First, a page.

Whereas is not a book for the faint of heart. It challenges and confronts, using history and heritage to forcefully speak out. Wrongs cannot be undone, but they deserve to be acknowledged and understood. Layli Long Soldier speaks for those who no longer can, and she does so with passion, eloquence, beauty, and fire.

Whereas, Layli Long Soldier

Book Review: WhereasLayli Long Soldier

 

 

Book Review: Long Road to Mercy, David Baldacci

Book Review: Long Road to Mercy, An Atlee Pine Thriller, David Baldacci

Long Road to Mercy, David Baldacci

Thriller: Long Road to MercyAn Atlee Pine Thriller, David Baldacci

 

Atlee Pine is an FBI agent. Resident Agent in the Shattered Rock office, serving a large swath of territory in Utah, Colorado, and Arizona, she is actually the sole FBI agent in the region that includes part of the Grand Canyon. She is also a former competitive weight lifter having just missed the Athens Olympics, and the survivor of a childhood encounter with a killer, an encounter that her twin sister, Mercy, did not survive. Long Road to Mercy is a multilayered story about an agent whose past has shaped her present, and taught her some lessons she will need to use if she is to see her future.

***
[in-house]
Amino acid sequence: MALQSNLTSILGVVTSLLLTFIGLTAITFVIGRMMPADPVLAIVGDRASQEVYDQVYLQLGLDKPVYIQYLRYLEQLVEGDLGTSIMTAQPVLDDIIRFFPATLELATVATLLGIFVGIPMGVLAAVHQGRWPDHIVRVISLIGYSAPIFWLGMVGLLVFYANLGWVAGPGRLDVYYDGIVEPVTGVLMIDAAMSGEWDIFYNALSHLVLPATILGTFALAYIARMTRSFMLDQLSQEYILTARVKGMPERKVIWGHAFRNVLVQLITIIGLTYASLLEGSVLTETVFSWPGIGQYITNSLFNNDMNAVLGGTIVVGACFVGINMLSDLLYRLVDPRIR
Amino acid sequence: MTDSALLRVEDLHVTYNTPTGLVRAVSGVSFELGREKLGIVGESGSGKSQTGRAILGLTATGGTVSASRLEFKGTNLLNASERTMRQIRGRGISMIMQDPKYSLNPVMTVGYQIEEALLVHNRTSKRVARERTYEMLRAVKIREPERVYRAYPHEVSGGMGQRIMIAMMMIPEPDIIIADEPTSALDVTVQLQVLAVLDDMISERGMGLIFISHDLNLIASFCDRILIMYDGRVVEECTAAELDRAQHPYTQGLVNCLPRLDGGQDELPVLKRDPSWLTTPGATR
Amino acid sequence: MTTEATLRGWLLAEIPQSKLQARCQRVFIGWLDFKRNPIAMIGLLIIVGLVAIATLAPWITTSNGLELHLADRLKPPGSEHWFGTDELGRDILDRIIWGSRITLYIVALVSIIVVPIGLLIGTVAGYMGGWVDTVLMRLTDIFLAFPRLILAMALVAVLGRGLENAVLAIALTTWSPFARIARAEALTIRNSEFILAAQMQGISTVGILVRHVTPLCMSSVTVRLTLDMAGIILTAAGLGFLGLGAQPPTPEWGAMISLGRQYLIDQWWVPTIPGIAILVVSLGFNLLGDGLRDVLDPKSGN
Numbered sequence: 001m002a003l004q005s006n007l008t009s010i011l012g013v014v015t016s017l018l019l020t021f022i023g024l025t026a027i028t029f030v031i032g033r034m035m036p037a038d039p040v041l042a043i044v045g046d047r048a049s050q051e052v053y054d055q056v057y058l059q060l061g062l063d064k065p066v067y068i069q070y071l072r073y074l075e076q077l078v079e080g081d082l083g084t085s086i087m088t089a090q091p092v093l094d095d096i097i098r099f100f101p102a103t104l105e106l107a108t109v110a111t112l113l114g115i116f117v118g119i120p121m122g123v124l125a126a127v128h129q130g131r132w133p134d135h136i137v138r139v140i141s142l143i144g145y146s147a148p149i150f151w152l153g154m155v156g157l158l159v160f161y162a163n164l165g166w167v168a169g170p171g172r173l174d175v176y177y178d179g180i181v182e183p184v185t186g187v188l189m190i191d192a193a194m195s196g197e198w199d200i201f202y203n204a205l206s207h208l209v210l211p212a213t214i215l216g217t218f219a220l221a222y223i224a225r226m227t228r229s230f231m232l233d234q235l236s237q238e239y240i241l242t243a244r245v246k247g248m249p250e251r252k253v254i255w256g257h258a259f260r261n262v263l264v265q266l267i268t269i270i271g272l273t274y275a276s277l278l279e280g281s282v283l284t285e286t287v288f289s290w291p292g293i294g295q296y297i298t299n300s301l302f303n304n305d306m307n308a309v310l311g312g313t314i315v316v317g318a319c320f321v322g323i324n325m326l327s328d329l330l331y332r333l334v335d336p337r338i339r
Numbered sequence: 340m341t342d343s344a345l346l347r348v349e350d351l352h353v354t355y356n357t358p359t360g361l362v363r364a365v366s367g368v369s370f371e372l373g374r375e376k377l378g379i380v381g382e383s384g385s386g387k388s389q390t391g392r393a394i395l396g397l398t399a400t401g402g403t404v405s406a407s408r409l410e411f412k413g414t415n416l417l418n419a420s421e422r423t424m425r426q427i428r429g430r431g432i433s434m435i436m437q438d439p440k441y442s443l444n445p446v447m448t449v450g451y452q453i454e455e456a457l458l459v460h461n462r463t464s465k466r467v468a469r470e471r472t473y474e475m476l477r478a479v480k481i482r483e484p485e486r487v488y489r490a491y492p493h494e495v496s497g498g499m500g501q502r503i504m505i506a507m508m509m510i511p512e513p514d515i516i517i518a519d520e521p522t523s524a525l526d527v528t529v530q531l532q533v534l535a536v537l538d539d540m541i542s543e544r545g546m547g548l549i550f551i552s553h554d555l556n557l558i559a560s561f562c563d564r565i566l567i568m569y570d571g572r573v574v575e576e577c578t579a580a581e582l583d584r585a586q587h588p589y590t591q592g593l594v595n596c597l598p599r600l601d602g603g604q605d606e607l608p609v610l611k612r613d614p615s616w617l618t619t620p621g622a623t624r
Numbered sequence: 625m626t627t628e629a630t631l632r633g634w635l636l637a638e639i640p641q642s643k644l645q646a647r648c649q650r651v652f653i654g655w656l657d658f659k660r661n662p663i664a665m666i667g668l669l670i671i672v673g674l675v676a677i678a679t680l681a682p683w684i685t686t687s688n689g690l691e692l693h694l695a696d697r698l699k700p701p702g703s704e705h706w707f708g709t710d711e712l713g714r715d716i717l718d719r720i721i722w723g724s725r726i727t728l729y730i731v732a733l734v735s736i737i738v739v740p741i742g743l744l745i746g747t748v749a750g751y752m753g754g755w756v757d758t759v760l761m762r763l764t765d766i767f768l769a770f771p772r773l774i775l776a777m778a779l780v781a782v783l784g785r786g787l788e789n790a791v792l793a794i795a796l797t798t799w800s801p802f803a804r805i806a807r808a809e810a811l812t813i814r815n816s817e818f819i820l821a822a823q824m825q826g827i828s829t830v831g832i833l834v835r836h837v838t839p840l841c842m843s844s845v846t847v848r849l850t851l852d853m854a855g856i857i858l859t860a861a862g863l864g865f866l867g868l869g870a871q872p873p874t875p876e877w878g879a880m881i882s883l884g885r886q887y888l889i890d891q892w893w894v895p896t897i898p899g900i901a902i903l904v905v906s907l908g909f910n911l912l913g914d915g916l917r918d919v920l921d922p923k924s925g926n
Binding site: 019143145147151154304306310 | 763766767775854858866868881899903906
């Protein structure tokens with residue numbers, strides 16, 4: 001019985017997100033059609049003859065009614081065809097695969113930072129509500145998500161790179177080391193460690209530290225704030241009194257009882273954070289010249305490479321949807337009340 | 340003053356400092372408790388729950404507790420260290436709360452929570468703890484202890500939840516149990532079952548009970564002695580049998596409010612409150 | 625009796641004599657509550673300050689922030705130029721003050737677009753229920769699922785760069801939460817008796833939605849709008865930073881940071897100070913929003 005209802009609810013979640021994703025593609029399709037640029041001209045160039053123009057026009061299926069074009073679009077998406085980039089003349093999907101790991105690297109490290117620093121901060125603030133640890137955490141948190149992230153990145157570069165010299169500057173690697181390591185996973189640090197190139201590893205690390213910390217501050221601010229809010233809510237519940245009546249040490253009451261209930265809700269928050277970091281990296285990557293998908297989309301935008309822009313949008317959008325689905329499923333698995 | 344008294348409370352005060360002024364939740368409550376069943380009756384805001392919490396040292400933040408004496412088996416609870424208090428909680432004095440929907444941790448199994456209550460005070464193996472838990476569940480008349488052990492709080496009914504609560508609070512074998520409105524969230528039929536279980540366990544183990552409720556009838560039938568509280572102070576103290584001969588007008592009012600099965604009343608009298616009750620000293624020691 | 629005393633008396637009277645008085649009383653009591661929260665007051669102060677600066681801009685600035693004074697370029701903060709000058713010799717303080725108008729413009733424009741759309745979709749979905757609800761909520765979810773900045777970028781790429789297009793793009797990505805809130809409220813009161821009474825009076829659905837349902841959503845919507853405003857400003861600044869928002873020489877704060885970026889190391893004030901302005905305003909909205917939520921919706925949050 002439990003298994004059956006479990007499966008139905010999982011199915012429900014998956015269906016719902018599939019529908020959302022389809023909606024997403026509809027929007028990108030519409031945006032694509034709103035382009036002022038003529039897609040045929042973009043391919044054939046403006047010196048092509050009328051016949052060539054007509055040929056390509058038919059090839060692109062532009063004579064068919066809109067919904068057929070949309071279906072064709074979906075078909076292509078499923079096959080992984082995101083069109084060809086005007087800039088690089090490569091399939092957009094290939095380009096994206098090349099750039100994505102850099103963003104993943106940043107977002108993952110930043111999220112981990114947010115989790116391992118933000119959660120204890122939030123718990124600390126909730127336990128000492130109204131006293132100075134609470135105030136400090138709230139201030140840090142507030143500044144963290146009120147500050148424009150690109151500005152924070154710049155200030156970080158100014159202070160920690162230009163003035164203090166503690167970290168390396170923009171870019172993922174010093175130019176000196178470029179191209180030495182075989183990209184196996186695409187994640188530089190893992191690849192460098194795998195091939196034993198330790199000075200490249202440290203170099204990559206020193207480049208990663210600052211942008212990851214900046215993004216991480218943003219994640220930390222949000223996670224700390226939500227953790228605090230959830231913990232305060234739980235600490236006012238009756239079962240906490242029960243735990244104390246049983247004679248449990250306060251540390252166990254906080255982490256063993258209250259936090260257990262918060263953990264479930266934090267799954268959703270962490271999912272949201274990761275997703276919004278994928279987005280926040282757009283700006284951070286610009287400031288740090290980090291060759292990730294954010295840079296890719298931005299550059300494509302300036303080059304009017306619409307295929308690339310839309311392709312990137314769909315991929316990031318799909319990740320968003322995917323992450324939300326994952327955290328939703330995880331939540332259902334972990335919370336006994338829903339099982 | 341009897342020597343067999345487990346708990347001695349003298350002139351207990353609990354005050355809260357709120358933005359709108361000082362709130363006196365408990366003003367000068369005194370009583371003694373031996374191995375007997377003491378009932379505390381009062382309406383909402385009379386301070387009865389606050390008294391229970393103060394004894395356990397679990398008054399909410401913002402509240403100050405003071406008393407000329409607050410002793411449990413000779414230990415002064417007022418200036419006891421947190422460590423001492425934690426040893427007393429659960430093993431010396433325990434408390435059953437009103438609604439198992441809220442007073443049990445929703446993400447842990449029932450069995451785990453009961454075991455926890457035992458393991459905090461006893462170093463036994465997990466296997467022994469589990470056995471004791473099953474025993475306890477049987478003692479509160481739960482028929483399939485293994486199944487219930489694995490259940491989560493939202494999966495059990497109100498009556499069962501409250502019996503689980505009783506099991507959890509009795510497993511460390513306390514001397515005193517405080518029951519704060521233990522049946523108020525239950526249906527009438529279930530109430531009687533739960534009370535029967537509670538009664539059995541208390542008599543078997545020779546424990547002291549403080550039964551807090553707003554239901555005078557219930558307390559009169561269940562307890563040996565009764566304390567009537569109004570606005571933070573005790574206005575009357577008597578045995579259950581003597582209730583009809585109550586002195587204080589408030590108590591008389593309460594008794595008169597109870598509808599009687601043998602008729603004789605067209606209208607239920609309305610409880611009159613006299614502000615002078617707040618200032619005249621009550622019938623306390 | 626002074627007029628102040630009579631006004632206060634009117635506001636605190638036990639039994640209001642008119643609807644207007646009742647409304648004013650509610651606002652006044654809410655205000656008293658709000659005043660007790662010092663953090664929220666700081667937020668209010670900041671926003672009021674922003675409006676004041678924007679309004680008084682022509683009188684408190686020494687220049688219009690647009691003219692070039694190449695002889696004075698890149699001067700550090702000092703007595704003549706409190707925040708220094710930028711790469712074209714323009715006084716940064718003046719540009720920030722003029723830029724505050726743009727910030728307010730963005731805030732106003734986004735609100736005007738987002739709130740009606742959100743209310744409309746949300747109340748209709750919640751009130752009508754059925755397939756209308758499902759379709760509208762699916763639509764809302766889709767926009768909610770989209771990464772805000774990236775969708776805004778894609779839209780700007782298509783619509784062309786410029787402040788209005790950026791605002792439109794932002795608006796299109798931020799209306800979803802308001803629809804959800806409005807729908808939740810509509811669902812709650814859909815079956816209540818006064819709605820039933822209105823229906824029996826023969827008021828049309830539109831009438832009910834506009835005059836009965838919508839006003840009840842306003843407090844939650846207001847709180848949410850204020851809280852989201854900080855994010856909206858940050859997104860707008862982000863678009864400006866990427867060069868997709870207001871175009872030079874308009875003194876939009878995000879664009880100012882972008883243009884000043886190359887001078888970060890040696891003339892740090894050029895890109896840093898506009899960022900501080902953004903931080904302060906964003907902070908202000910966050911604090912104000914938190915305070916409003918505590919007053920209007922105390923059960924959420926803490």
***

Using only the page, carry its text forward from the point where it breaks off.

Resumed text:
Being the sole FBI agent means you get called in for a number of different things. Nothing could have prepared her for the crime that takes her to the Grand Canyon. There she is shown the body of…a mule. Not the drug smuggling kind, but the actual horse-donkey hybrid used as pack and transport animals in the canyon. Someone has killed a mule and carved the letters “J” and “K” into its side. A hiker is missing also, which is bad and may be related, but much less unusual.